As political unrest rattles one of the world’s biggest minerals producers, foreign investors in the Democratic Republic Congo (DRC) are in a quandary – to stay or pull out?
Peter Leon is a Johannesburg-based mining specialist who helps clients with mine development agreements and resources regulatory issues in Africa.
“It is now clear that President (Joseph) Kabila is stalling in terms of the next presidential and parliamentary elections, now only scheduled for April 2018. Given the concern this has created locally, foreign investors in the DRC obviously have to see how this develops. It is unclear what will happen next and what pressure the EU and the US will bring to bear on the Kabila administration given that the election will be 14 months late. There is growing dissatisfaction, in particular in Kinshasa, as to what is happening, as seen in the recent opposition protests. Uncertainty is never good for investment in any country,” says Leon, a lawyer at Herbert Smith Freehills.
“A lot of South African businesses are involved in various activities in the DRC. A lot of minerals in DRC are exported through South African ports so logistics are a key business for South African companies. The current situation is obviously challenging, but it doesn’t surprise me companies are still there and continue to do business as long as they are able to do so. Obviously if the situation becomes untenable, they will review their position. The fact remains that the DRC is still a good place to do business,” he says.
Thierry Naweji, the chairman of the DRC Chamber of Commerce in South Africa, maintains there’s no threat to business.
“Every country has its own dynamics… we are going through challenges in the DRC based on election organization. I have to advise people to remain in the DRC because it going to be difficult to go back. Do your investment very wisely. This challenge is going to be behind us,” says Naweji.
“There was a budget allocation of $250 million per year for elections, put aside since 2011, so that they can reach a budget of $1 billion after five years. We had a war in the east region of the country. Here we are, looking for a political solution how to get out of the situation,” he says.
According to Naweji, the head of electoral commission, Corneile Nangaa, has said there will be no election in November due to a lack of money. The election is more likely to be held in December 2018, he says.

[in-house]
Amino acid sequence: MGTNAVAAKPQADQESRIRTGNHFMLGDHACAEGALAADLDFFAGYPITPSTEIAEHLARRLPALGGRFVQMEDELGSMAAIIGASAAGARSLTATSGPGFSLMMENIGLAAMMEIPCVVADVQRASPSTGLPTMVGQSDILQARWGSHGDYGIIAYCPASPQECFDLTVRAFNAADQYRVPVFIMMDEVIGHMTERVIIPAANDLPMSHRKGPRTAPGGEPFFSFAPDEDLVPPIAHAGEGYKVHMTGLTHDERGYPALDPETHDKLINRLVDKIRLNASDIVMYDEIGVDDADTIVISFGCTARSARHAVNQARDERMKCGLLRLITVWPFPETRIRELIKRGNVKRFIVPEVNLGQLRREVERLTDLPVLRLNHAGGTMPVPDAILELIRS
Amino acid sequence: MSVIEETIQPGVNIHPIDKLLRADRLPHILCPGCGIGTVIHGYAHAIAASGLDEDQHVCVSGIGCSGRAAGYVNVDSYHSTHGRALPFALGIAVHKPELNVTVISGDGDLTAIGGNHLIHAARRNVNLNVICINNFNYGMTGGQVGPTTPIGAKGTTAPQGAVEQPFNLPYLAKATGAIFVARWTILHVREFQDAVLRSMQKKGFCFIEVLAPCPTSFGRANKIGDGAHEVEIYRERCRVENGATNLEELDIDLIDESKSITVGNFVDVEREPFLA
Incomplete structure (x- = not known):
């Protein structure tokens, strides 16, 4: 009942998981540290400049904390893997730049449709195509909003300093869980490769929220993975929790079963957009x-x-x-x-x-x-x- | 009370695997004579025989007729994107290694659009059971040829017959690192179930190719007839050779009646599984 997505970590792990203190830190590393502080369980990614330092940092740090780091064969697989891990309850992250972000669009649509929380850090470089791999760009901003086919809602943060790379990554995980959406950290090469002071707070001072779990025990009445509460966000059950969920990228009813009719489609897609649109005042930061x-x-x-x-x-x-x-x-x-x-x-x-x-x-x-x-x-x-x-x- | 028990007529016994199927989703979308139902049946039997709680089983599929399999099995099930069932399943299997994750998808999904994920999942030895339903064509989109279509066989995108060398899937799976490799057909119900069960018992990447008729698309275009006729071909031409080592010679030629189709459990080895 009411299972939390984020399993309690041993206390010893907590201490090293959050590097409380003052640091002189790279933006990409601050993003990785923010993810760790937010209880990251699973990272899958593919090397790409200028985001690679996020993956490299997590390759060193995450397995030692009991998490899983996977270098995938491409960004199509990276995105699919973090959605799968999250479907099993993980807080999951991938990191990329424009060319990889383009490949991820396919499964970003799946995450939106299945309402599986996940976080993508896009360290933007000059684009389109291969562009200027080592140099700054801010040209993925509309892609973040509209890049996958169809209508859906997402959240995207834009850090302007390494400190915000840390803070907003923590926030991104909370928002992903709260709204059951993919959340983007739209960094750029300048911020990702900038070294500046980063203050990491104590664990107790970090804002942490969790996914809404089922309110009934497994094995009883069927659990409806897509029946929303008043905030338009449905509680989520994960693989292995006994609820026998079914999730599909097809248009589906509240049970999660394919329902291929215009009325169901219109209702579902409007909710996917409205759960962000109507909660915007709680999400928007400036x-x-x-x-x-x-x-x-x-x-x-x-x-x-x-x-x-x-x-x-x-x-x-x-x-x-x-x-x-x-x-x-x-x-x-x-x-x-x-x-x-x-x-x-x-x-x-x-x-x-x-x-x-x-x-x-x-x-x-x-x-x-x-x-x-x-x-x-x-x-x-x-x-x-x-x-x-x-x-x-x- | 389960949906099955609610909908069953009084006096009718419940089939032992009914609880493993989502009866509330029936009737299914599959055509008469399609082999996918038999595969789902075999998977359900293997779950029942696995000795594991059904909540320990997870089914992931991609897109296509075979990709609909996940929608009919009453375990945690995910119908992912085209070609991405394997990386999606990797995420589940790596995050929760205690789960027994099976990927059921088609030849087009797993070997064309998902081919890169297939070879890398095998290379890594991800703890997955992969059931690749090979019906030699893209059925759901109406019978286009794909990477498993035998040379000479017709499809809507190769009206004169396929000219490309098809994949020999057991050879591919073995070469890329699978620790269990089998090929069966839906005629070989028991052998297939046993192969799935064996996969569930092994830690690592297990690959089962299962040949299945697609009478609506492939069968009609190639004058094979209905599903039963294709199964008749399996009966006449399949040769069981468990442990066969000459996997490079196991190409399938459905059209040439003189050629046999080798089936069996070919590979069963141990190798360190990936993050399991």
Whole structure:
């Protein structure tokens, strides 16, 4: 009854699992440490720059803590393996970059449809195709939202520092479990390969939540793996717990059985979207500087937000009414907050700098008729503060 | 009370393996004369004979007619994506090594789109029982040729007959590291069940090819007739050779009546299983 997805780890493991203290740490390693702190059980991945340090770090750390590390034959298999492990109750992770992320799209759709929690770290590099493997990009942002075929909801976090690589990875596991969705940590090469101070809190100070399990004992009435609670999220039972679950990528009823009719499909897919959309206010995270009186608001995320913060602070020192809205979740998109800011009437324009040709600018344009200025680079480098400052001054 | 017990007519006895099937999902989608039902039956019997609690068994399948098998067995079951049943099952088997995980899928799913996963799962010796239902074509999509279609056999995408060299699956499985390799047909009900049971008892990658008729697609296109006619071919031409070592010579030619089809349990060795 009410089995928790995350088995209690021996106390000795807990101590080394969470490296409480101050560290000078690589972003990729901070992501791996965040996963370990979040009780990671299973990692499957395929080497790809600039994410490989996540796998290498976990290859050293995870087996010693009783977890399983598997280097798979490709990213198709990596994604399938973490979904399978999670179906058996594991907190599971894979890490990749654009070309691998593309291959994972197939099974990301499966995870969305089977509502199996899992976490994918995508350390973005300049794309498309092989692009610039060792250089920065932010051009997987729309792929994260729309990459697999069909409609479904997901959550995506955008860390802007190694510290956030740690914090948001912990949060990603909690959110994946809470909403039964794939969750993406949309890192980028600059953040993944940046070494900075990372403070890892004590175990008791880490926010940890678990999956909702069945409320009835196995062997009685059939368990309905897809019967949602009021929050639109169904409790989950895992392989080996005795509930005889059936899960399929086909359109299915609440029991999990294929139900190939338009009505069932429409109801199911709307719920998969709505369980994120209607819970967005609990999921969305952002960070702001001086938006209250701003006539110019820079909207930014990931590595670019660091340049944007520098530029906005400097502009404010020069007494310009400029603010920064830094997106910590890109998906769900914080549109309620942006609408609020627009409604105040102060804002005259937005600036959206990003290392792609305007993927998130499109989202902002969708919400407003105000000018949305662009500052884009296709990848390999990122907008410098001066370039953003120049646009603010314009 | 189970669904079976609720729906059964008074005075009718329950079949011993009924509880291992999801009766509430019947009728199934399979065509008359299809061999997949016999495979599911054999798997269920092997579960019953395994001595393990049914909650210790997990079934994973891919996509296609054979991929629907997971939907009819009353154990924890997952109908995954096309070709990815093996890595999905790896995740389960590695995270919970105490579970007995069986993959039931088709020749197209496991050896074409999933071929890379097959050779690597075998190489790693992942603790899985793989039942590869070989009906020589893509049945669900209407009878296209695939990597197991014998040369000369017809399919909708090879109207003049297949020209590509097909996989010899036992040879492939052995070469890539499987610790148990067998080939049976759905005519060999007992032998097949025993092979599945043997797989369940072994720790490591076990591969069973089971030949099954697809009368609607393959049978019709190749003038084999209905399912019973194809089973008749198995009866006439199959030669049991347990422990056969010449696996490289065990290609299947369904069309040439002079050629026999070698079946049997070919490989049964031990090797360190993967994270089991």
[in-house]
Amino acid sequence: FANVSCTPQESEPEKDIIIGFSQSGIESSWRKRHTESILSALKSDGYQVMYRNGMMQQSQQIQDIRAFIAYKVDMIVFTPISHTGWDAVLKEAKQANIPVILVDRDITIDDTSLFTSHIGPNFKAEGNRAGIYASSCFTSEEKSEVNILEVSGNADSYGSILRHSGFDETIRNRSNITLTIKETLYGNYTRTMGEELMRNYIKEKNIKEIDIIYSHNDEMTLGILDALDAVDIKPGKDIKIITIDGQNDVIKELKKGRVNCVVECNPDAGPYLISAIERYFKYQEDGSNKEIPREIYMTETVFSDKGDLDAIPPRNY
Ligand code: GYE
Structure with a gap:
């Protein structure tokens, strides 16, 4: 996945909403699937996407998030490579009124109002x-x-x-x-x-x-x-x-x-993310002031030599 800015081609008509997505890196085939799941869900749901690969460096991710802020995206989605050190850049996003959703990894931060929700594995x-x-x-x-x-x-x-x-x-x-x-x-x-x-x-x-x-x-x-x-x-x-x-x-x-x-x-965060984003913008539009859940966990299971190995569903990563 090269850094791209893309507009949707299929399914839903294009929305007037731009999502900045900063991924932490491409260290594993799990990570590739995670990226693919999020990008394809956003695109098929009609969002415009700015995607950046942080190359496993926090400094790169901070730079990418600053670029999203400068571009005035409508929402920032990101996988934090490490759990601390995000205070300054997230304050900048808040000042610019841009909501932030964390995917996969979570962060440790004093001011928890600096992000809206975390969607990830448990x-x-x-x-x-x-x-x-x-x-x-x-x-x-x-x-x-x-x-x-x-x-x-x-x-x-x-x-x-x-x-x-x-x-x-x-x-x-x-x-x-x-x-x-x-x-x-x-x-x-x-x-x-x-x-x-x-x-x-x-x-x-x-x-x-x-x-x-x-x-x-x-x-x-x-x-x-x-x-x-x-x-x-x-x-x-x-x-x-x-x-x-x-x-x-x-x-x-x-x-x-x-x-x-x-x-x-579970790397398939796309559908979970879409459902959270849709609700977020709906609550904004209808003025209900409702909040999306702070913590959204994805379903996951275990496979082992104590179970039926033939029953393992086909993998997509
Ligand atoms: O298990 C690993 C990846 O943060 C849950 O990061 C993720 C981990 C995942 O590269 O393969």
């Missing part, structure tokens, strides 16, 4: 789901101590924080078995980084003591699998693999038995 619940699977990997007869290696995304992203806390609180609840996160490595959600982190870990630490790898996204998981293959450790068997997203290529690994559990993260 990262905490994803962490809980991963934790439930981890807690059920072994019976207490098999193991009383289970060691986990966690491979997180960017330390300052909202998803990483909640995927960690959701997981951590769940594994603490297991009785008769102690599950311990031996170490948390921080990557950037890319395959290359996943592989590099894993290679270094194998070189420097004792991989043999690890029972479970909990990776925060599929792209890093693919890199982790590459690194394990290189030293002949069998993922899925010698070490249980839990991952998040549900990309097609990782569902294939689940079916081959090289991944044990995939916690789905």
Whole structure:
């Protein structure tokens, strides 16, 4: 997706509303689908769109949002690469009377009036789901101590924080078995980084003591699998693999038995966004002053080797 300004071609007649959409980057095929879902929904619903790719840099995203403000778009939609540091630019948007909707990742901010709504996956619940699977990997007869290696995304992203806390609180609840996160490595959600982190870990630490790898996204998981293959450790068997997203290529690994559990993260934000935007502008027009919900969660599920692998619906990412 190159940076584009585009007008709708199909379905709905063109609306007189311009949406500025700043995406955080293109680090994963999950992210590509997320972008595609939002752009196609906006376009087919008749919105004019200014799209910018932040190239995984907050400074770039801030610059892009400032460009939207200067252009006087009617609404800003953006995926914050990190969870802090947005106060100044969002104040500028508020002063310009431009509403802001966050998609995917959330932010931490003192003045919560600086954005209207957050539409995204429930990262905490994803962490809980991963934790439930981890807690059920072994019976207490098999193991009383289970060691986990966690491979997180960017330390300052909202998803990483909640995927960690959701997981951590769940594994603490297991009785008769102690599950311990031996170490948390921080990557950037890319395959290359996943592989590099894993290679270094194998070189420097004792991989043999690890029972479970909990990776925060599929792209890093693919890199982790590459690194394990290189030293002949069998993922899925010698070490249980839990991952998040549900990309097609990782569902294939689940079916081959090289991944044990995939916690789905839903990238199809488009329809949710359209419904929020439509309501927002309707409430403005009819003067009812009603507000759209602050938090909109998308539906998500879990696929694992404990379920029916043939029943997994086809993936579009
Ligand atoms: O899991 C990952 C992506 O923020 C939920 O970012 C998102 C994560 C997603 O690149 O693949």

“The general feeling is not that good for the business at all. They are concerned because we haven’t seen a clear direction yet, whether we are going to have elections in November or not,” says Naweji.
Naweji admits business stability has been shaken; the markets reacted negatively to violence last year. As a result, many investors have not allocated budgets for their operations in the DRC next year, he says.
“Many South African companies on our list don’t know what will happen next year in DRC, so they can’t put in money into DRC. Mining is the biggest concern; we had Glencore suspending mining concessions late last year.”
Naweji is hopeful this too shall pass.
Nqubeko Sibiya, the spokesman for KPMG in South Africa, says companies are not suspending operations, they are monitoring security issues, especially for expatriates. He said feedback from their senior partner in the DRC, Jean-Yves Parant, confirmed smooth operations.
Siobhan McCarthy, of PPC Cement, says the companying is building a million-ton–per-year plant in Kinshasa.
“The plant remains on track to be commissioned by the end of 2016, with cement ready for sale early in 2017,” she says.
Simon Malone is a DRC veteran and retired founder of Metorex, a mining consortium founded in 1975 in South Africa. In 2004, Metorex entered into a joint venture to develop the Ruashi copper mine site in the DRC, and made substantial investments.
“It will be sad day for business if something happens, because the DRC has the world’s best copper deposits but doing business there is so difficult that proposed tax hikes for mining companies will stifle new investments,” he says.
Malone says besides exorbitant taxes, he is confident of the work ethic and the good faith of trade unions.
For now, it’s over to the legislatures to set a date for the elections.